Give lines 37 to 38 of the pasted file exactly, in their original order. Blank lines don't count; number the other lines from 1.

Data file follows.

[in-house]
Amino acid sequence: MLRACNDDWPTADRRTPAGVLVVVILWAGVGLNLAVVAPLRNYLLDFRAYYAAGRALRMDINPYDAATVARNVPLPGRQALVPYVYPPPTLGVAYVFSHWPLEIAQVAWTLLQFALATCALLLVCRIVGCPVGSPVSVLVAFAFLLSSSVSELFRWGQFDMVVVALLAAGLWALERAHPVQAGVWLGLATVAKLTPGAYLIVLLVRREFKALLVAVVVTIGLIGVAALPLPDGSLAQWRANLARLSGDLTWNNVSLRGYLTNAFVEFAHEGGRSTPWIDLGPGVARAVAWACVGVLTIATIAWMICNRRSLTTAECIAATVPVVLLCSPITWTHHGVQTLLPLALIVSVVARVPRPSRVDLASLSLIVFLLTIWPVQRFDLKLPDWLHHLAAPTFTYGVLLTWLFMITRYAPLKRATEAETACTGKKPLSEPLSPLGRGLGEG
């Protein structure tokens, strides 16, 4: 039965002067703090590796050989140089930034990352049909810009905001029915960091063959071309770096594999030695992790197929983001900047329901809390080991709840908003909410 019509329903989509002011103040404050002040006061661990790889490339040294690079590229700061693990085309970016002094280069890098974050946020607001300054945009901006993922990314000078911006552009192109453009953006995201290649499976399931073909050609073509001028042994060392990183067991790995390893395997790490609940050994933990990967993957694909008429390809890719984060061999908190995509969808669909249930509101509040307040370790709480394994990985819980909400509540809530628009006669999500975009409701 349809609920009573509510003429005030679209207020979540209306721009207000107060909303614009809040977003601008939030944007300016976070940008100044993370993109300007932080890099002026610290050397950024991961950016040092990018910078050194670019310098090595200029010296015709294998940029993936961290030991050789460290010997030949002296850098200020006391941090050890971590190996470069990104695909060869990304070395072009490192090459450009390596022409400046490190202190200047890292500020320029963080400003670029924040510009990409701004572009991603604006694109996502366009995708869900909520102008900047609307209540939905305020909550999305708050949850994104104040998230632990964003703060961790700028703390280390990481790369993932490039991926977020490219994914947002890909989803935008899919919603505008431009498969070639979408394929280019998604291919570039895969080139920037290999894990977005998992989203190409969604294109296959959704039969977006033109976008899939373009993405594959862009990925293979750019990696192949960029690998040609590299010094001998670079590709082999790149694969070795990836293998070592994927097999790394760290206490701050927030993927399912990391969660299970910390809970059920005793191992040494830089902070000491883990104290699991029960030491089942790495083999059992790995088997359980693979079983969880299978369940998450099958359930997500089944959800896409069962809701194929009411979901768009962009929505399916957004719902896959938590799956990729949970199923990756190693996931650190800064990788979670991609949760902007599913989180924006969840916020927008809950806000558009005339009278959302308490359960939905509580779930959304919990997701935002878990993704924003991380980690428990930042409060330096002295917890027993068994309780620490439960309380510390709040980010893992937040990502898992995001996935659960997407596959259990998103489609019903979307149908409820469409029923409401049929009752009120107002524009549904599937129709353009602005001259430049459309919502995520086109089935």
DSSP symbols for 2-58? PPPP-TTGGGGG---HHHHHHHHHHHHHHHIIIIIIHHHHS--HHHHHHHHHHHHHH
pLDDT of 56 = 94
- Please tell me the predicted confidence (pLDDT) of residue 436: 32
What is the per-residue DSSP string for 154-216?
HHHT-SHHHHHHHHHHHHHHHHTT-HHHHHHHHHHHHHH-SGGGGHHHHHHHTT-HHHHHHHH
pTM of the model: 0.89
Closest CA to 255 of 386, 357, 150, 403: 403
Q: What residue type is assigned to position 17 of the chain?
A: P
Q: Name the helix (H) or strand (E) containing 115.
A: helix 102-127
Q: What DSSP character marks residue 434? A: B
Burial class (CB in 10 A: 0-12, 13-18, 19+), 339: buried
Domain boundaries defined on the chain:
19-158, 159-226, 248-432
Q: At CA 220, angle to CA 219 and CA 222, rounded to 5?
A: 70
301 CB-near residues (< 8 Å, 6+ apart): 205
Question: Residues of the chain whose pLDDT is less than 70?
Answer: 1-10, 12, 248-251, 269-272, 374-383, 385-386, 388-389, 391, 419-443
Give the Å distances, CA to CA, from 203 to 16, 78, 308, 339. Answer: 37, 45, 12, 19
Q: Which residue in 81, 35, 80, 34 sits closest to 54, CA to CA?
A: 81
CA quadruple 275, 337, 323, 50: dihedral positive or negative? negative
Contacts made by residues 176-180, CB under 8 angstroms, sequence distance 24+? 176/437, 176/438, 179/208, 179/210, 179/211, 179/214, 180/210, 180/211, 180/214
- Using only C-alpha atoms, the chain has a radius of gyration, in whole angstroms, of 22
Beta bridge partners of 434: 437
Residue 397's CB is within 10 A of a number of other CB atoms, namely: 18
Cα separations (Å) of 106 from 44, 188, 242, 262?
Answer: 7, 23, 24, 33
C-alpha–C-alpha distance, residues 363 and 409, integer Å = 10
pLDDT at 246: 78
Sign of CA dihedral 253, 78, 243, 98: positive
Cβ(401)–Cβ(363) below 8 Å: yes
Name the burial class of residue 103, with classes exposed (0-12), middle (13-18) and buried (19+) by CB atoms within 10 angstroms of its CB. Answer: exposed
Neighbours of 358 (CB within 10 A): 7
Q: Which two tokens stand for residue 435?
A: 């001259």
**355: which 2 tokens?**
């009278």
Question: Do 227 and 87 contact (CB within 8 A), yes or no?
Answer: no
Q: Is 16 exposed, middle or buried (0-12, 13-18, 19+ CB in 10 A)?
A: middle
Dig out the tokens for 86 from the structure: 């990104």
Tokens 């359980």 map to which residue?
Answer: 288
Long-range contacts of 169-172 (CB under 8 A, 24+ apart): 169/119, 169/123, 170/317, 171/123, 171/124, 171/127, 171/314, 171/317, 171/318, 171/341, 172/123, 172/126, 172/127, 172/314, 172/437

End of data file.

Cβ(401)–Cβ(363) below 8 Å: yes
Name the burial class of residue 103, with classes exposed (0-12), middle (13-18) and buried (19+) by CB atoms within 10 angstroms of its CB. Answer: exposed